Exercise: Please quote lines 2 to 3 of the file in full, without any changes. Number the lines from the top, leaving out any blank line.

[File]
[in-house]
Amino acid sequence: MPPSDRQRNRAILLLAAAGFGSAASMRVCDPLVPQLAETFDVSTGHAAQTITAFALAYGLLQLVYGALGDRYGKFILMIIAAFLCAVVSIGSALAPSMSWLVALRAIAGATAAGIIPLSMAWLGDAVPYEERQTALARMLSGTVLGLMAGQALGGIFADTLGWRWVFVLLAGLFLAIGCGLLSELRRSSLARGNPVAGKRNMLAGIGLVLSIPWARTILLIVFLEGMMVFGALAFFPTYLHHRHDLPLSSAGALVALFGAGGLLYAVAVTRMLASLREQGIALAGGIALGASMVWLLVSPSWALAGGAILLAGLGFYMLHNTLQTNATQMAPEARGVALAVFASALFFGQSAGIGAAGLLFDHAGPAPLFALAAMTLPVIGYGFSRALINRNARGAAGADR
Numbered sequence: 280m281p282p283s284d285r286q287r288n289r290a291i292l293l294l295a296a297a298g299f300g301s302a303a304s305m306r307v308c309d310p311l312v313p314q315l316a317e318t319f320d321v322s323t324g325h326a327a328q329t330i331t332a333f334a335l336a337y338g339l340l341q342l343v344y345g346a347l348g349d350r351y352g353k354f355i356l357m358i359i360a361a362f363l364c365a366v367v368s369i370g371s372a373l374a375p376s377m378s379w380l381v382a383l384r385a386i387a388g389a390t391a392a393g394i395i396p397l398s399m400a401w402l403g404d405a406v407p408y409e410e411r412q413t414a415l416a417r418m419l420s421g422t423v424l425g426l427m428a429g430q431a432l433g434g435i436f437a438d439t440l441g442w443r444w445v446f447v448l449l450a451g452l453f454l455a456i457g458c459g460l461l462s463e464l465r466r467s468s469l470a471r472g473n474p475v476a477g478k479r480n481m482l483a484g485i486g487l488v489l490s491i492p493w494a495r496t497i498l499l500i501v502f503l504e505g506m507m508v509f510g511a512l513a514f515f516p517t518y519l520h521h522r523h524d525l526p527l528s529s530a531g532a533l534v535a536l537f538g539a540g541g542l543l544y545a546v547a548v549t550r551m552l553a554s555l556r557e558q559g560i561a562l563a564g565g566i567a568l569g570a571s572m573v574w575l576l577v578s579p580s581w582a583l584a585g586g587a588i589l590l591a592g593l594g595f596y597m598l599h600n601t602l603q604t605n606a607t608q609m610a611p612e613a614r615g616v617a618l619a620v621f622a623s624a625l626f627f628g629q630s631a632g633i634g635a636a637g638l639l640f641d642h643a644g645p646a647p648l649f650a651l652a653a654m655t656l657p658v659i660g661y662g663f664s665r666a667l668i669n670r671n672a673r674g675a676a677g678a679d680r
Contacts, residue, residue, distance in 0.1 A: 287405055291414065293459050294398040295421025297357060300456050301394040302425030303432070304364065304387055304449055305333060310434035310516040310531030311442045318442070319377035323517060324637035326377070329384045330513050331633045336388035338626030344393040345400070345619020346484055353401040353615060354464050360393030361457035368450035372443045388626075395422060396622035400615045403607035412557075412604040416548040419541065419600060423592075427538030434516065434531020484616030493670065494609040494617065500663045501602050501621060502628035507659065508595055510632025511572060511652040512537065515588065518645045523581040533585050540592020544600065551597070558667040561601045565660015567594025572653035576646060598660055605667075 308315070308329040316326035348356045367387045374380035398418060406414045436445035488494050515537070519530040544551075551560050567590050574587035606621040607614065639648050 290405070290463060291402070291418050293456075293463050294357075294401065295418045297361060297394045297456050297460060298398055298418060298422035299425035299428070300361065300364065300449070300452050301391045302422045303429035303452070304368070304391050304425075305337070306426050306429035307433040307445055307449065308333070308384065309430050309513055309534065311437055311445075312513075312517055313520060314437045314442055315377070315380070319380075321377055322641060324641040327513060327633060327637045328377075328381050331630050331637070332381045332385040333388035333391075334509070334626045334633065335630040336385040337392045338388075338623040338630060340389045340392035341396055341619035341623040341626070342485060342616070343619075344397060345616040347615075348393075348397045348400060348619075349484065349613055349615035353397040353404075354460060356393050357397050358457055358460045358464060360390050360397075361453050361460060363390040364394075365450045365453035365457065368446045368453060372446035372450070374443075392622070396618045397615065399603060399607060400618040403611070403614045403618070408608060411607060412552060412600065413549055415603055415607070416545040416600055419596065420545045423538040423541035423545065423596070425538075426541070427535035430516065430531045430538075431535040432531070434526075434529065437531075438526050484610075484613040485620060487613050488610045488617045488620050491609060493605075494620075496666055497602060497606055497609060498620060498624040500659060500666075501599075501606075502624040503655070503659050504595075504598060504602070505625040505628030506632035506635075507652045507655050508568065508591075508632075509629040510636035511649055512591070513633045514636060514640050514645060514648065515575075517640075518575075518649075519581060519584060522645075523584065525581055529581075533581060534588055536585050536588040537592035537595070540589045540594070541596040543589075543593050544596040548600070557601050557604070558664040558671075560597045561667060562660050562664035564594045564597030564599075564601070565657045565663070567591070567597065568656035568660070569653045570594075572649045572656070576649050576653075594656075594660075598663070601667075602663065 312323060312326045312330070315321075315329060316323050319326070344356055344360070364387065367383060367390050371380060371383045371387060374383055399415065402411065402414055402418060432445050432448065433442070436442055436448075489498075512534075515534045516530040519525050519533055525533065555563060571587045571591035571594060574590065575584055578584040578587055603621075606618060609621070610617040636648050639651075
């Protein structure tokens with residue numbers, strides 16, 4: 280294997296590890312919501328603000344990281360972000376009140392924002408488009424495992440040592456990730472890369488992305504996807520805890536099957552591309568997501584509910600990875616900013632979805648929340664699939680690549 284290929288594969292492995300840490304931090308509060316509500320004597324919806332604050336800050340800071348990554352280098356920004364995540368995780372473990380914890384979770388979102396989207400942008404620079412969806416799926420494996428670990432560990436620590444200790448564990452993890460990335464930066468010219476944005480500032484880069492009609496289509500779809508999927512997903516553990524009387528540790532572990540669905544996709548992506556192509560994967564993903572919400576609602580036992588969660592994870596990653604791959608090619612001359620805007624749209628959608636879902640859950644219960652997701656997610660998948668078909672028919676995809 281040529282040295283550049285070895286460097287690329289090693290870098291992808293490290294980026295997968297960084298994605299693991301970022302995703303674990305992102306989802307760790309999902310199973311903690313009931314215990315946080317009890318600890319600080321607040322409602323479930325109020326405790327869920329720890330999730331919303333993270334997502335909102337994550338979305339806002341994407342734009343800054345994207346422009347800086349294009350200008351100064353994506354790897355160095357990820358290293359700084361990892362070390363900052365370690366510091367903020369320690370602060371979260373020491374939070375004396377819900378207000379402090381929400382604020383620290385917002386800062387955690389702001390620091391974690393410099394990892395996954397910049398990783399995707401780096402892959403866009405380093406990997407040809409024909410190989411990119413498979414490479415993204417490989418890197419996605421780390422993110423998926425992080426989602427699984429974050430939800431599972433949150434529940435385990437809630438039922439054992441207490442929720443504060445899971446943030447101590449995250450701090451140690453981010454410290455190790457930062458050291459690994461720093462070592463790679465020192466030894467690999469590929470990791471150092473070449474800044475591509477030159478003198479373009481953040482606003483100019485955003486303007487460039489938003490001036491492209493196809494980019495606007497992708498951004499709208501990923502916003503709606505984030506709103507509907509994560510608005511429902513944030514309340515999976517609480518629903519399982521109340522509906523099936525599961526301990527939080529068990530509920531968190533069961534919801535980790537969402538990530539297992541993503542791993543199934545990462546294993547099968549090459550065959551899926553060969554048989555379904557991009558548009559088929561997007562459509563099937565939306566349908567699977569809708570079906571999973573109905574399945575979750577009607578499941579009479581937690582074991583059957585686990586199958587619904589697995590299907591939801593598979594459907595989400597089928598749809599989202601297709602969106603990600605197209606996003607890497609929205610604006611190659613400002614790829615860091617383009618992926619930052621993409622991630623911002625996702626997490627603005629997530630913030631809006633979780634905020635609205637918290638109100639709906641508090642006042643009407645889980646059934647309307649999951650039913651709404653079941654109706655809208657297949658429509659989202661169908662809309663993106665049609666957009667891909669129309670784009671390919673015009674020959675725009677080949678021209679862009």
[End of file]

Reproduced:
Amino acid sequence: MPPSDRQRNRAILLLAAAGFGSAASMRVCDPLVPQLAETFDVSTGHAAQTITAFALAYGLLQLVYGALGDRYGKFILMIIAAFLCAVVSIGSALAPSMSWLVALRAIAGATAAGIIPLSMAWLGDAVPYEERQTALARMLSGTVLGLMAGQALGGIFADTLGWRWVFVLLAGLFLAIGCGLLSELRRSSLARGNPVAGKRNMLAGIGLVLSIPWARTILLIVFLEGMMVFGALAFFPTYLHHRHDLPLSSAGALVALFGAGGLLYAVAVTRMLASLREQGIALAGGIALGASMVWLLVSPSWALAGGAILLAGLGFYMLHNTLQTNATQMAPEARGVALAVFASALFFGQSAGIGAAGLLFDHAGPAPLFALAAMTLPVIGYGFSRALINRNARGAAGADR
Numbered sequence: 280m281p282p283s284d285r286q287r288n289r290a291i292l293l294l295a296a297a298g299f300g301s302a303a304s305m306r307v308c309d310p311l312v313p314q315l316a317e318t319f320d321v322s323t324g325h326a327a328q329t330i331t332a333f334a335l336a337y338g339l340l341q342l343v344y345g346a347l348g349d350r351y352g353k354f355i356l357m358i359i360a361a362f363l364c365a366v367v368s369i370g371s372a373l374a375p376s377m378s379w380l381v382a383l384r385a386i387a388g389a390t391a392a393g394i395i396p397l398s399m400a401w402l403g404d405a406v407p408y409e410e411r412q413t414a415l416a417r418m419l420s421g422t423v424l425g426l427m428a429g430q431a432l433g434g435i436f437a438d439t440l441g442w443r444w445v446f447v448l449l450a451g452l453f454l455a456i457g458c459g460l461l462s463e464l465r466r467s468s469l470a471r472g473n474p475v476a477g478k479r480n481m482l483a484g485i486g487l488v489l490s491i492p493w494a495r496t497i498l499l500i501v502f503l504e505g506m507m508v509f510g511a512l513a514f515f516p517t518y519l520h521h522r523h524d525l526p527l528s529s530a531g532a533l534v535a536l537f538g539a540g541g542l543l544y545a546v547a548v549t550r551m552l553a554s555l556r557e558q559g560i561a562l563a564g565g566i567a568l569g570a571s572m573v574w575l576l577v578s579p580s581w582a583l584a585g586g587a588i589l590l591a592g593l594g595f596y597m598l599h600n601t602l603q604t605n606a607t608q609m610a611p612e613a614r615g616v617a618l619a620v621f622a623s624a625l626f627f628g629q630s631a632g633i634g635a636a637g638l639l640f641d642h643a644g645p646a647p648l649f650a651l652a653a654m655t656l657p658v659i660g661y662g663f664s665r666a667l668i669n670r671n672a673r674g675a676a677g678a679d680r